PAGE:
9. Chapin 3rd FS, Matson PA, Mooney HA (2002) Principles of terrestrial ecosystem ecology. Springer, Berlin Heidelberg-New York, USA, p. 436Google Scholar
  10. Chen J, Stark JM (2000) Plant species effects and carbon and nitrogen cycling in a sagebrush-crested wheatgrass soil. Soil Biol Biochem 32:47–57CrossRefGoogle Scholar
  11. Cotler H, Durán E, Siebe Ch (2002) Caracterización morfo-edafológica y calidad de sitio de un bosque tropical caducifolio. In: Noguera FA, Vega JH, García A, Quezada M (eds) Historia Natural de Chamela. Instituto de Biología, UNAM, Mexico City, pp. 17–79Google Scholar
  12. Davidson EA, Kingerlee W (1997) A global inventory of nitric oxide emissions from soils. Nutr Cycl Agroecosyst 48:37–50Google Scholar
  13. Galicia L, García-Oliva F, López-Blanco J (1995) Efecto de la estructura jerárquica del relieve en la distribución de las características físicas de los suelos en una cuenca tropical estacional mexicana. Bol Invest Geográficas 13:53–75Google Scholar
  14. Galicia L, López-Blanco J, Zarco-Arista AE, Filips V, García-Oliva F (1999) The relationship between solar radiation interception and soil water content in a tropical deciduous forest in Mexico. Catena 36:153–164CrossRefGoogle Scholar
  15. García-Méndez G, Maass JM, Matson P, Vitousek P (1991) Nitrogen transformations and nitrous oxide flux in a tropical deciduous forest in Mexico. Oecologia 88:362–366CrossRefGoogle Scholar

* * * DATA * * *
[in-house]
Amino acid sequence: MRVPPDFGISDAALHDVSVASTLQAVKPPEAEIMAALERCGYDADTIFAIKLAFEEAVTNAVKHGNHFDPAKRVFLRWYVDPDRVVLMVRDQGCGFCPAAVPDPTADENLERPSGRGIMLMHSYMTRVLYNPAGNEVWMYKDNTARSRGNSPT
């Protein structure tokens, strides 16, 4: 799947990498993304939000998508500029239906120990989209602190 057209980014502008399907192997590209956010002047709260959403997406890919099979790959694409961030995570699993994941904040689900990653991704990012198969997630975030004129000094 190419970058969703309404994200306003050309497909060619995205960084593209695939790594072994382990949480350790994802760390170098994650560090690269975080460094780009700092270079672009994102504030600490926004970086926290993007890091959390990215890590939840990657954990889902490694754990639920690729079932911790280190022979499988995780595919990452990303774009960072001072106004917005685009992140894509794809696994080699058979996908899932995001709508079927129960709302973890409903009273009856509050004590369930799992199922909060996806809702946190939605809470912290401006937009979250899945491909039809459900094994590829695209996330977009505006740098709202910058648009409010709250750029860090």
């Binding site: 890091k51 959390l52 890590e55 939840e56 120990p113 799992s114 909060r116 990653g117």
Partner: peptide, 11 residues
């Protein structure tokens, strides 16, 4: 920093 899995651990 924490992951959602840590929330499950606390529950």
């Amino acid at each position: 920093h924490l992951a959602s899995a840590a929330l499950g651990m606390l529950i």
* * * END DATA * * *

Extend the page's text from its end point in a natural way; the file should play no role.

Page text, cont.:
16. García-Oliva F, Camu A, Maass JM (2002) El clima de la Región de Central de la costa del Pacífico Mexicano. In: Noguera FA, Vega JH, García A, Quezada M (eds) Historia Natural de Chamela. Instituto de Biología, UNAM, Mexico City, pp. 3–10Google Scholar
  17. García-Oliva F, Ezcurra E, Galicia L (1991) Pattern of rainfall distribution in the Central Pacific coast of Mexico. Geografiska Annaler 73:179–186CrossRefGoogle Scholar
  18. García-Oliva F, Gallardo JF, Montaño NM, Islas P (2006) Soil carbon and nitrogen dynamics followed by a forest-to-pasture conversion in western Mexico. Agroforestry Syst 66:93–100CrossRefGoogle Scholar
  19. García-Oliva F, Maass JM (1998) Efecto de la transformación de la selva a pradera sobre la dinámica de los nutrientes en un ecosistema tropical estacional en México. Bol Soc Bot Mex 62:39–48Google Scholar
  20. García-Oliva F, Martínez-Lugo R, Maass JM (1995) Long-term net soil erosion as determined by 137Cs redistribution in an undisturbed and perturbed tropical deciduous forest ecosystem. Geoderma 68:135–147CrossRefGoogle Scholar